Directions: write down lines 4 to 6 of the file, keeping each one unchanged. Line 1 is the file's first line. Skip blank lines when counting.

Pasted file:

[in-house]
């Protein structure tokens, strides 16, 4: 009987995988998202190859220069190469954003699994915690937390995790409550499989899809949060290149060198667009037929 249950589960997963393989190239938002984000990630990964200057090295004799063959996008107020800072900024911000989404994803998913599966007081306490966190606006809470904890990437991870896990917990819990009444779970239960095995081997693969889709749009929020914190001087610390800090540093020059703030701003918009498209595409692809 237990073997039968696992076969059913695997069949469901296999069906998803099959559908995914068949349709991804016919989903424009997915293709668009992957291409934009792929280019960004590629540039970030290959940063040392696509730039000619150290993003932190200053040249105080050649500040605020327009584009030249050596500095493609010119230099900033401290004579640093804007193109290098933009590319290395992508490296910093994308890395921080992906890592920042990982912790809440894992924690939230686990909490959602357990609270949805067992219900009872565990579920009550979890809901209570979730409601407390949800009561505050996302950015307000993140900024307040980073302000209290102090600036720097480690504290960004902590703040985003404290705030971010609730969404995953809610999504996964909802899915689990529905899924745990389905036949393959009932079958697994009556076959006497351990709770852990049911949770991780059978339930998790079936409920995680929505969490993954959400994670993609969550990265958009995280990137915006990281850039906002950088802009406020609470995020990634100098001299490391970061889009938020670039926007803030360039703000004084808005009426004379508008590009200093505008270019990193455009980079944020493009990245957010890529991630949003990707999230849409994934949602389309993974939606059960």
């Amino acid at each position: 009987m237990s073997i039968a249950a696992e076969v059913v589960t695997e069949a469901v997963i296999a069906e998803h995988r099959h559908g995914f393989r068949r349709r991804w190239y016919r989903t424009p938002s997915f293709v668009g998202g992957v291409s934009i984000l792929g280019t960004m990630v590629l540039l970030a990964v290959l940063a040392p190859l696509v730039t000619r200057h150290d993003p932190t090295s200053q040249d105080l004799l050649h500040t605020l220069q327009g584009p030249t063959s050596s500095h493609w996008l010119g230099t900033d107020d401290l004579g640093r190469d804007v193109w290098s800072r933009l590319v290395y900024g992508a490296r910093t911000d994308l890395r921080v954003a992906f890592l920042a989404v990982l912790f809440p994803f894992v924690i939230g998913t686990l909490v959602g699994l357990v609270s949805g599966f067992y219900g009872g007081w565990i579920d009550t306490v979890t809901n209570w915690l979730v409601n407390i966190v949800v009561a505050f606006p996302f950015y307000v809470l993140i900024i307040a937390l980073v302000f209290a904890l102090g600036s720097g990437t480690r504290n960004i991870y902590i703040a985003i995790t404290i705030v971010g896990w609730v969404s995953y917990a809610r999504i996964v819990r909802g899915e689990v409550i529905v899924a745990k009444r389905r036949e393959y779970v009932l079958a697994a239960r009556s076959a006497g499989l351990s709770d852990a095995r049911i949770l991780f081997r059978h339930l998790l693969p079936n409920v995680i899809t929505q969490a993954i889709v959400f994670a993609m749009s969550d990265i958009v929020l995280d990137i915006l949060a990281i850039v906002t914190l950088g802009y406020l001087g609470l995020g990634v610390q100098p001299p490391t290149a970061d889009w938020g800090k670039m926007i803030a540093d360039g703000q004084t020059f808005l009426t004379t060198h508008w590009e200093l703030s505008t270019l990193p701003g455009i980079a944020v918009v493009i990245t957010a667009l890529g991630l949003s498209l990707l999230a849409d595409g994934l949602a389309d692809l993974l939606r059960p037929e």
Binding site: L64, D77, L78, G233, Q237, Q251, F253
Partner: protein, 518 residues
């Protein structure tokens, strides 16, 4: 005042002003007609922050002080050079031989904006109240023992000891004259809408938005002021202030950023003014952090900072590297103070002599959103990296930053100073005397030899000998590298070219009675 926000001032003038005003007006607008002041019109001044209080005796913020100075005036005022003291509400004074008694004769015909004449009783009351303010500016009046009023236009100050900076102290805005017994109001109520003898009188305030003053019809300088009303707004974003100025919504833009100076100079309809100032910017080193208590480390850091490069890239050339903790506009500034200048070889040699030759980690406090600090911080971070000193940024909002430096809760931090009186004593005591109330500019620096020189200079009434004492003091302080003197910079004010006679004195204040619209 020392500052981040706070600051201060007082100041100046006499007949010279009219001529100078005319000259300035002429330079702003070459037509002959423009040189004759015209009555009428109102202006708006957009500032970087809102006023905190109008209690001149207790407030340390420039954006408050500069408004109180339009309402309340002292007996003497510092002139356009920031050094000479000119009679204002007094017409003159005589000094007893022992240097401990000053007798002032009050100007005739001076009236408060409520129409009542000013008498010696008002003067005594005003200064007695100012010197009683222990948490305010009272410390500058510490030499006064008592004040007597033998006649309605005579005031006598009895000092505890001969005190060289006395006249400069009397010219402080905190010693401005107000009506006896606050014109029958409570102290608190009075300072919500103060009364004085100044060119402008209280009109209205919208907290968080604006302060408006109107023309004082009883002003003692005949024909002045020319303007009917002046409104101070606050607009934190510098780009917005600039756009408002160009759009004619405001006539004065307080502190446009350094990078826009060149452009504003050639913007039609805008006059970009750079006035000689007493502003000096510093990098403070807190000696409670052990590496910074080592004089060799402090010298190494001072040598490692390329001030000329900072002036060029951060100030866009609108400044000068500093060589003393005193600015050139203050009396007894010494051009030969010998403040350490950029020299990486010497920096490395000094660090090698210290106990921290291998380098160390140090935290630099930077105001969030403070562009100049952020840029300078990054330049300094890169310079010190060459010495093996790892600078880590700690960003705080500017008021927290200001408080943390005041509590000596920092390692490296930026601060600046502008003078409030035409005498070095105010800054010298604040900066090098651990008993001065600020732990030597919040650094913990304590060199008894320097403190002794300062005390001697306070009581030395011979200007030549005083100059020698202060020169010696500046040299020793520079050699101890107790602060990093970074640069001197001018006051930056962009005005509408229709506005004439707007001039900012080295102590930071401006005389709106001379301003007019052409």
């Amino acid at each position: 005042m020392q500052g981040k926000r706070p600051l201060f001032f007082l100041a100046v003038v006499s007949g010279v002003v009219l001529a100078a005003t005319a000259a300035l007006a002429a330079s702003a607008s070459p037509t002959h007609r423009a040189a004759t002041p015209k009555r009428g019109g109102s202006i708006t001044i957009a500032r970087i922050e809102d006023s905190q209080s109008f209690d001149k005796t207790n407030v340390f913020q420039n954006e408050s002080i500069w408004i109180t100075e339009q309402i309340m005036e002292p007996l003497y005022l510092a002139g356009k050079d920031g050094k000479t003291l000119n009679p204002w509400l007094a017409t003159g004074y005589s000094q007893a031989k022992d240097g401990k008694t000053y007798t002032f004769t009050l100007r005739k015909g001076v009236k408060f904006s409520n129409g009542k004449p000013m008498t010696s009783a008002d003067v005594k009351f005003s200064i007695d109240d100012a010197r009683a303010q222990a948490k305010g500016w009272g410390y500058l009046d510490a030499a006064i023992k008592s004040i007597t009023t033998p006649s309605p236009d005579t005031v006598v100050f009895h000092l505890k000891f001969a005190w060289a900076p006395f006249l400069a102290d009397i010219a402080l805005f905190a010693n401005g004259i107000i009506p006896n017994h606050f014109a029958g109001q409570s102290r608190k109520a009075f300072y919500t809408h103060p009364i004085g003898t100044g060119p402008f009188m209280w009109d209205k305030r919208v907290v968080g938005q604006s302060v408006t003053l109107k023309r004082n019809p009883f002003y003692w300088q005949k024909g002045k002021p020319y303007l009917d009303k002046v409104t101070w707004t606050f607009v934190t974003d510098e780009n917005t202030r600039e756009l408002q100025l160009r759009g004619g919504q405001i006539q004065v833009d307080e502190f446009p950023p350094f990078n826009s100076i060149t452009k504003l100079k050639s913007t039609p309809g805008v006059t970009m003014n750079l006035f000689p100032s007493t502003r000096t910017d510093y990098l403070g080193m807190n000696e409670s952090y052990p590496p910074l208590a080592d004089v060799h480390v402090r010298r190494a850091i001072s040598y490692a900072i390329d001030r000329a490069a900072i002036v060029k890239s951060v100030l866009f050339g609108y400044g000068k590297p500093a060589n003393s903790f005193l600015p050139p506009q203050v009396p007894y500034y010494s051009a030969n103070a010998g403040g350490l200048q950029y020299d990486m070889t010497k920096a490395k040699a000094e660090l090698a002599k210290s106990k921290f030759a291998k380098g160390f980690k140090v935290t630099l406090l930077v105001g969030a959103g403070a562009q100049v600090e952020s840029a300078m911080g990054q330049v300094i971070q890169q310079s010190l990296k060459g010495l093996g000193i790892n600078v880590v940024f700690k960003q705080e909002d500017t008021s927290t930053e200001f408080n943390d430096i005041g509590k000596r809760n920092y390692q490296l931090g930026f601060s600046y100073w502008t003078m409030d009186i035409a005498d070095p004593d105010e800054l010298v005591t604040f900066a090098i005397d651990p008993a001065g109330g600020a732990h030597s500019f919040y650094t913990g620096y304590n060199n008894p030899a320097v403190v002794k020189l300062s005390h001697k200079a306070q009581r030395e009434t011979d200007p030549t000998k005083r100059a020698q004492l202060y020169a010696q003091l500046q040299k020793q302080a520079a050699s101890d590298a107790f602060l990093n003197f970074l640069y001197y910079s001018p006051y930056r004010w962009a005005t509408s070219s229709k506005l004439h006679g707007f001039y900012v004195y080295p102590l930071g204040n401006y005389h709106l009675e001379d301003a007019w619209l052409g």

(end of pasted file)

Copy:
Binding site: L64, D77, L78, G233, Q237, Q251, F253
Partner: protein, 518 residues
């Protein structure tokens, strides 16, 4: 005042002003007609922050002080050079031989904006109240023992000891004259809408938005002021202030950023003014952090900072590297103070002599959103990296930053100073005397030899000998590298070219009675 926000001032003038005003007006607008002041019109001044209080005796913020100075005036005022003291509400004074008694004769015909004449009783009351303010500016009046009023236009100050900076102290805005017994109001109520003898009188305030003053019809300088009303707004974003100025919504833009100076100079309809100032910017080193208590480390850091490069890239050339903790506009500034200048070889040699030759980690406090600090911080971070000193940024909002430096809760931090009186004593005591109330500019620096020189200079009434004492003091302080003197910079004010006679004195204040619209 020392500052981040706070600051201060007082100041100046006499007949010279009219001529100078005319000259300035002429330079702003070459037509002959423009040189004759015209009555009428109102202006708006957009500032970087809102006023905190109008209690001149207790407030340390420039954006408050500069408004109180339009309402309340002292007996003497510092002139356009920031050094000479000119009679204002007094017409003159005589000094007893022992240097401990000053007798002032009050100007005739001076009236408060409520129409009542000013008498010696008002003067005594005003200064007695100012010197009683222990948490305010009272410390500058510490030499006064008592004040007597033998006649309605005579005031006598009895000092505890001969005190060289006395006249400069009397010219402080905190010693401005107000009506006896606050014109029958409570102290608190009075300072919500103060009364004085100044060119402008209280009109209205919208907290968080604006302060408006109107023309004082009883002003003692005949024909002045020319303007009917002046409104101070606050607009934190510098780009917005600039756009408002160009759009004619405001006539004065307080502190446009350094990078826009060149452009504003050639913007039609805008006059970009750079006035000689007493502003000096510093990098403070807190000696409670052990590496910074080592004089060799402090010298190494001072040598490692390329001030000329900072002036060029951060100030866009609108400044000068500093060589003393005193600015050139203050009396007894010494051009030969010998403040350490950029020299990486010497920096490395000094660090090698210290106990921290291998380098160390140090935290630099930077105001969030403070562009100049952020840029300078990054330049300094890169310079010190060459010495093996790892600078880590700690960003705080500017008021927290200001408080943390005041509590000596920092390692490296930026601060600046502008003078409030035409005498070095105010800054010298604040900066090098651990008993001065600020732990030597919040650094913990304590060199008894320097403190002794300062005390001697306070009581030395011979200007030549005083100059020698202060020169010696500046040299020793520079050699101890107790602060990093970074640069001197001018006051930056962009005005509408229709506005004439707007001039900012080295102590930071401006005389709106001379301003007019052409």